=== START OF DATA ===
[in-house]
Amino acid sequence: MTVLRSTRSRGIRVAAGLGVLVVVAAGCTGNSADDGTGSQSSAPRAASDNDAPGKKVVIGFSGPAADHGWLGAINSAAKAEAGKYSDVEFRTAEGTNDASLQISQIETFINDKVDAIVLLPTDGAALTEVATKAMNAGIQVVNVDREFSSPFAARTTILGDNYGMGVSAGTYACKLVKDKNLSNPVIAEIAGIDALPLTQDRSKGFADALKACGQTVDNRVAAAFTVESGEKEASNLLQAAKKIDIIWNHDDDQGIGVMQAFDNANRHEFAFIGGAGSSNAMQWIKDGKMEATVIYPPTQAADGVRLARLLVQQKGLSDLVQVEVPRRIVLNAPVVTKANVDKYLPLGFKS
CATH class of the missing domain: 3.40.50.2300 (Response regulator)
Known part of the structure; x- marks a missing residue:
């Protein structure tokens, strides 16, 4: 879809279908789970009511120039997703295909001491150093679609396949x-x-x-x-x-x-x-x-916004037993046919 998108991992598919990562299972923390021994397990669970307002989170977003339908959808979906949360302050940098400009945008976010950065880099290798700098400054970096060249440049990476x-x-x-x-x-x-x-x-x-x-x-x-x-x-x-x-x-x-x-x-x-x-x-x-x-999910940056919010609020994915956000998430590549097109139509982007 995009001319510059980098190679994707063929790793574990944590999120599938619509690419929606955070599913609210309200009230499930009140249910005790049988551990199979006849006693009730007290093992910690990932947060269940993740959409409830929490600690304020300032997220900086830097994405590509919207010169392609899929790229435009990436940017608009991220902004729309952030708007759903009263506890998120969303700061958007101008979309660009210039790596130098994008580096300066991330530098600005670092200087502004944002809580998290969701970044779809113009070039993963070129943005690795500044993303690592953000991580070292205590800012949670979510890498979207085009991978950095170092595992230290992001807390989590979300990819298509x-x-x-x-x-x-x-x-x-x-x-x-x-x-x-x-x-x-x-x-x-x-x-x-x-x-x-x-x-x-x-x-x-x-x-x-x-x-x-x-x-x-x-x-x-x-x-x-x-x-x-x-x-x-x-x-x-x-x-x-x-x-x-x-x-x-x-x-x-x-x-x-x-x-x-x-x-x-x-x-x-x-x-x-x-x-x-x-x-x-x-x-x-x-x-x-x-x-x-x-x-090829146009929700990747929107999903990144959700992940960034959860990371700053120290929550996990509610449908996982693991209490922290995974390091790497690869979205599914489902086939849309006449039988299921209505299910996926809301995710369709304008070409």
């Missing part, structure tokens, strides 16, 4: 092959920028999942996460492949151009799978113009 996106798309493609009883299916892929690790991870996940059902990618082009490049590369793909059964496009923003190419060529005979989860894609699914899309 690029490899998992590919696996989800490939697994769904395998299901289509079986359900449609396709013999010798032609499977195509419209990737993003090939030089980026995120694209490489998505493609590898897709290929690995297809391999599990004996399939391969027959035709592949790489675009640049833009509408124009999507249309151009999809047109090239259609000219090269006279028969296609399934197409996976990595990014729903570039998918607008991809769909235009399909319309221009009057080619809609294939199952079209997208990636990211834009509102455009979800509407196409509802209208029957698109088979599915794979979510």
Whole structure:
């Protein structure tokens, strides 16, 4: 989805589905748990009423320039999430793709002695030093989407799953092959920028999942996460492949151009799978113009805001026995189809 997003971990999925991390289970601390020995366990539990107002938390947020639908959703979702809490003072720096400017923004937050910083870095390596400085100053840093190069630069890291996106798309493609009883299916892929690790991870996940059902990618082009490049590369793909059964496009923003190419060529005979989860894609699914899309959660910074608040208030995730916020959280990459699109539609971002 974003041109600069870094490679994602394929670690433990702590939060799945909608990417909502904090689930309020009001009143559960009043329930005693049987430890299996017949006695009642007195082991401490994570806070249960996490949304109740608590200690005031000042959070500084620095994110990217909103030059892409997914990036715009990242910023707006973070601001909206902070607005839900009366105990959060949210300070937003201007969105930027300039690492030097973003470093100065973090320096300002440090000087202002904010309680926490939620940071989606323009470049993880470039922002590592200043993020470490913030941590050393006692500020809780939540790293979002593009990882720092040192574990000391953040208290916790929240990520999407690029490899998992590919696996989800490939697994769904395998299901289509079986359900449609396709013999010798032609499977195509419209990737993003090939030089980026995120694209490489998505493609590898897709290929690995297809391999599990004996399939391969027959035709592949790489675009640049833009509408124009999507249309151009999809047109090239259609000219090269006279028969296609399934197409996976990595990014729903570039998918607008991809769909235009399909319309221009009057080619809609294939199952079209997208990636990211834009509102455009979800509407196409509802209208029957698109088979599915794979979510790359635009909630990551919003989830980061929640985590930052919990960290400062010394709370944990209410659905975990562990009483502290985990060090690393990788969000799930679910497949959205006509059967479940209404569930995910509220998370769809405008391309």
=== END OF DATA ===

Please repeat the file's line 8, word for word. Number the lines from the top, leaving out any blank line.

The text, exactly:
């Protein structure tokens, strides 16, 4: 989805589905748990009423320039999430793709002695030093989407799953092959920028999942996460492949151009799978113009805001026995189809 997003971990999925991390289970601390020995366990539990107002938390947020639908959703979702809490003072720096400017923004937050910083870095390596400085100053840093190069630069890291996106798309493609009883299916892929690790991870996940059902990618082009490049590369793909059964496009923003190419060529005979989860894609699914899309959660910074608040208030995730916020959280990459699109539609971002 974003041109600069870094490679994602394929670690433990702590939060799945909608990417909502904090689930309020009001009143559960009043329930005693049987430890299996017949006695009642007195082991401490994570806070249960996490949304109740608590200690005031000042959070500084620095994110990217909103030059892409997914990036715009990242910023707006973070601001909206902070607005839900009366105990959060949210300070937003201007969105930027300039690492030097973003470093100065973090320096300002440090000087202002904010309680926490939620940071989606323009470049993880470039922002590592200043993020470490913030941590050393006692500020809780939540790293979002593009990882720092040192574990000391953040208290916790929240990520999407690029490899998992590919696996989800490939697994769904395998299901289509079986359900449609396709013999010798032609499977195509419209990737993003090939030089980026995120694209490489998505493609590898897709290929690995297809391999599990004996399939391969027959035709592949790489675009640049833009509408124009999507249309151009999809047109090239259609000219090269006279028969296609399934197409996976990595990014729903570039998918607008991809769909235009399909319309221009009057080619809609294939199952079209997208990636990211834009509102455009979800509407196409509802209208029957698109088979599915794979979510790359635009909630990551919003989830980061929640985590930052919990960290400062010394709370944990209410659905975990562990009483502290985990060090690393990788969000799930679910497949959205006509059967479940209404569930995910509220998370769809405008391309």